Although my Plan B (anybody but Brazil) is technically intact, please pardon me if I screw up my face in disgust while I try to choose a side to pull for in the remainder of World Cup 2006. What else is there for an American guy to do when his favorite team is eliminated in group play, all his other alternatives have bitten the dust, and the only remaining choices are Germany, Italy, Portugal and France?
Fortunately, two are relatively easy to eliminate. Italy’s roster is chock full of whiney, flopping phonies who fret more over their pomade and Prada shoes than they do corner kicks and PKs. Aussies from Brisbane, to Melbourne, to Perth are still chapped over Fabio Grosso’s Academy Award-winning dive in the box which led to the match-deciding PK against the Socceroos. Many of them have visited my post, “The Italian Way,” and although none have left any comments (there is some grief that cannot be expressed in words), I can nevertheless feel their collective wrath surging through my high-speed internet connection. If I were the Azzurri, I would be checking my six for a short, shirtless wiry guy wearing a funny-looking hat and vest while carrying an oversized Bowie knife. There, now that’s a dive!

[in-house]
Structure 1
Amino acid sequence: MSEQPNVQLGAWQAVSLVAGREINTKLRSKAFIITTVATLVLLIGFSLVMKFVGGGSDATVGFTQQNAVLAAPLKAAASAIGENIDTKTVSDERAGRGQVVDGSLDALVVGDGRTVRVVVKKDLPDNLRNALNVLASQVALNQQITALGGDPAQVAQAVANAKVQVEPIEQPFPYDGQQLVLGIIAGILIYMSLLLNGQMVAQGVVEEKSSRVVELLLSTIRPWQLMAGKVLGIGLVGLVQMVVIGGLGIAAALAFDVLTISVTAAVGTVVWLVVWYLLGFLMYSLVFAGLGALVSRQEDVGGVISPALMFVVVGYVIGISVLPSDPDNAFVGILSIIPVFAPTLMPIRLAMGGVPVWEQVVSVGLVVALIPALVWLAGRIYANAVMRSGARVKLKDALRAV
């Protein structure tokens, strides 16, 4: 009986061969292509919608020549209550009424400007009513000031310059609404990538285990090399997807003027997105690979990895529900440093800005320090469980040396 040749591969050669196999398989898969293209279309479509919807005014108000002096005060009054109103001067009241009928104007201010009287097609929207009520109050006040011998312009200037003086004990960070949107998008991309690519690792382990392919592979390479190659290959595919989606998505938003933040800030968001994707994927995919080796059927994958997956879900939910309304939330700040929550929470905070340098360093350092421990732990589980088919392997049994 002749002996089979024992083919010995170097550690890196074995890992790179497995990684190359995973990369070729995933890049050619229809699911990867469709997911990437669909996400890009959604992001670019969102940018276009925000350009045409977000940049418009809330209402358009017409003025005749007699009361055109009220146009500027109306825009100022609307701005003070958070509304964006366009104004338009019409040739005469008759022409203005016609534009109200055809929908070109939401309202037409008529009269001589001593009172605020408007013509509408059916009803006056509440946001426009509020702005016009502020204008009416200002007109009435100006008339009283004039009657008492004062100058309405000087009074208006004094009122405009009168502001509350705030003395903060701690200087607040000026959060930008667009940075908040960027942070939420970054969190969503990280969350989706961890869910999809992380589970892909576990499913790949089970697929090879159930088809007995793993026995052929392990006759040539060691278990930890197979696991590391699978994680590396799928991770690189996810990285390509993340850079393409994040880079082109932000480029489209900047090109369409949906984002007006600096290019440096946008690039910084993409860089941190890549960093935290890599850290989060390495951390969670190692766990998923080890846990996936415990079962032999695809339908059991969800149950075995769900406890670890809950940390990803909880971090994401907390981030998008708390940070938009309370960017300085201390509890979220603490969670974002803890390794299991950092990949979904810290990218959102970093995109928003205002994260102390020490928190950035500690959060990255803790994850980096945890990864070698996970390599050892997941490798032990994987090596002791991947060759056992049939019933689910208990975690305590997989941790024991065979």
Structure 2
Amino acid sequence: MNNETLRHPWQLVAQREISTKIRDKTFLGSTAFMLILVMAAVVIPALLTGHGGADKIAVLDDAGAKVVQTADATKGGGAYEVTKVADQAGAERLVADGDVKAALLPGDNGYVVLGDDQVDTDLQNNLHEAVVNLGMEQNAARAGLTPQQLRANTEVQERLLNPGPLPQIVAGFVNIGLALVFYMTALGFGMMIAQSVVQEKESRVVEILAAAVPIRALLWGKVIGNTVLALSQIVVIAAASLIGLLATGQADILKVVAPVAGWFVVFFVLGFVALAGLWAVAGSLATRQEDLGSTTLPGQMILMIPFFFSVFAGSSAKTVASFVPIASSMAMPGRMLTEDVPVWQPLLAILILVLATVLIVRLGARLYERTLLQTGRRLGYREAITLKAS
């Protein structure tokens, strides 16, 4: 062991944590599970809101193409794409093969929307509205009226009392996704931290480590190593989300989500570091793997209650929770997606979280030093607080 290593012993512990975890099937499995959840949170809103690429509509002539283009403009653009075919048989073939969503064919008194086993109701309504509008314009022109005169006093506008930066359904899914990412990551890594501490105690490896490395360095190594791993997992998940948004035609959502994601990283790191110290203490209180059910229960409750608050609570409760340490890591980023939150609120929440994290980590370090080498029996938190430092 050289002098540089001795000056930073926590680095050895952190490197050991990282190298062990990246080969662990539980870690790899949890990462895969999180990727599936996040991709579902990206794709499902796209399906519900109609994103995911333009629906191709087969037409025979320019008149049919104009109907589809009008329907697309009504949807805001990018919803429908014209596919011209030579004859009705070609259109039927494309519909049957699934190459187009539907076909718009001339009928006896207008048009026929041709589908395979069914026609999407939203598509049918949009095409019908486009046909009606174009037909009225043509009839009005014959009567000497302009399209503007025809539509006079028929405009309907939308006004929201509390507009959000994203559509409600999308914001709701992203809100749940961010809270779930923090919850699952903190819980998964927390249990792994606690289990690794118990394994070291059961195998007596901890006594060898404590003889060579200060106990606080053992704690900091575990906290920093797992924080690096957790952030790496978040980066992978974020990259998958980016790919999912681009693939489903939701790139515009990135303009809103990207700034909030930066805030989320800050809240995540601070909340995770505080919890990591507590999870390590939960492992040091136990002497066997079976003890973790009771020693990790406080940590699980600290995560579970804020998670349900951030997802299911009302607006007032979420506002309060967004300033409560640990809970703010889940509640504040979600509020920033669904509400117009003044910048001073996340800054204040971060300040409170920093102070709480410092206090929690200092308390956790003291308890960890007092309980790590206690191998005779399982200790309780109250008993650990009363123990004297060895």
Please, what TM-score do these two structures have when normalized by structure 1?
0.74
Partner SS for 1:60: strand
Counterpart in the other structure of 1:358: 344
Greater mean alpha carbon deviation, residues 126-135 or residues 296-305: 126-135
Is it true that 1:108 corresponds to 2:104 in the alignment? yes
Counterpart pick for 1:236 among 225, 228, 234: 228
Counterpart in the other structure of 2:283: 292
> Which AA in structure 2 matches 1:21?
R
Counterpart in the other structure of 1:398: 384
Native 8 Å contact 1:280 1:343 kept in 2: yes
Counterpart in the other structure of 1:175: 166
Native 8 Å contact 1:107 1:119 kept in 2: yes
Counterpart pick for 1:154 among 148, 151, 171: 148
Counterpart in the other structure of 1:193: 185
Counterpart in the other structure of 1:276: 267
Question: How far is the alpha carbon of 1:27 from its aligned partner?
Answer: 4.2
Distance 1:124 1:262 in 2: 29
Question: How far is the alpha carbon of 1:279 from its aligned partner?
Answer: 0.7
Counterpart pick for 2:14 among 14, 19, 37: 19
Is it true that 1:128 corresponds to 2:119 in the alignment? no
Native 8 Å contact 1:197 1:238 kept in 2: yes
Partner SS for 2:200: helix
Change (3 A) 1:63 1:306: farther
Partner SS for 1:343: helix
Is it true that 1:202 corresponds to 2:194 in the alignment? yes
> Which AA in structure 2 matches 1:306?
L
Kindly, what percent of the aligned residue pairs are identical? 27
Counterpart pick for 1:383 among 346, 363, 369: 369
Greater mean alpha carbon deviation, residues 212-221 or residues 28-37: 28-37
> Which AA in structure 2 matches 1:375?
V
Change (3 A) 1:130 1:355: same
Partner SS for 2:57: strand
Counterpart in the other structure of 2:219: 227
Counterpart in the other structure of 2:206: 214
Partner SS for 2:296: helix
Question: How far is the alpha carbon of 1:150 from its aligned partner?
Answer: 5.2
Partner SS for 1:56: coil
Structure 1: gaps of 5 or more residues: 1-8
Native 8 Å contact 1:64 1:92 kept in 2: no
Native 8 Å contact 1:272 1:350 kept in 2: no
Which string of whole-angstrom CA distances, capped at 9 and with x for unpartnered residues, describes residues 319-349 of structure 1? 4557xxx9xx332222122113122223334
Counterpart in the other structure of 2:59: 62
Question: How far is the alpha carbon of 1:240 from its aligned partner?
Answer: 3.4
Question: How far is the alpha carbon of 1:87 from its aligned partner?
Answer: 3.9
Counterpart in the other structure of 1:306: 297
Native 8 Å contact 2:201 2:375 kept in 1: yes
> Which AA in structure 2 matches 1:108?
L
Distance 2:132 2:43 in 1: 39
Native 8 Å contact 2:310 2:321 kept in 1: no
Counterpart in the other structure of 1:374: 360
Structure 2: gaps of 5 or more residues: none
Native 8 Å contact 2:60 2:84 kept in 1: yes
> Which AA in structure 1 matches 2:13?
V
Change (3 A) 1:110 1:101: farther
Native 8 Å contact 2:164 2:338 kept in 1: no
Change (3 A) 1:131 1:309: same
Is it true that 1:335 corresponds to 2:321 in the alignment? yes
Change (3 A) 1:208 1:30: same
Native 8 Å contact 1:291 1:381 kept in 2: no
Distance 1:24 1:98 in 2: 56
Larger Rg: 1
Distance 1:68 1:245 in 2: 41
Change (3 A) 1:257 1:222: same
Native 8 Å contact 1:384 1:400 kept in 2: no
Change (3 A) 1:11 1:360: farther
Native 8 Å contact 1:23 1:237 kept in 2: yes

The other obvious throwaway is Portugal. It will be some time before the stench of their histrionic second round hack job against The Netherlands lifts from the international soccer scene. Many of the 16 yellows and 4 reds issued in that match came about from phonies such as Figo and Maniche who hit the deck and held their faces in their hands in blatant attempts to draw cards. Pretty boy prima donna Christiano Ronaldo is another fine reason to hate The Selection of the Shields (what kind of nickname is that anyway?). After the Netherlands banged his shins a little and sent him whimpering to the sideline, it took an army of trainers, coaches and psychologists to give him the group hug he apparently needed to keep him from totally losing his manhood in front of a worldwide audience.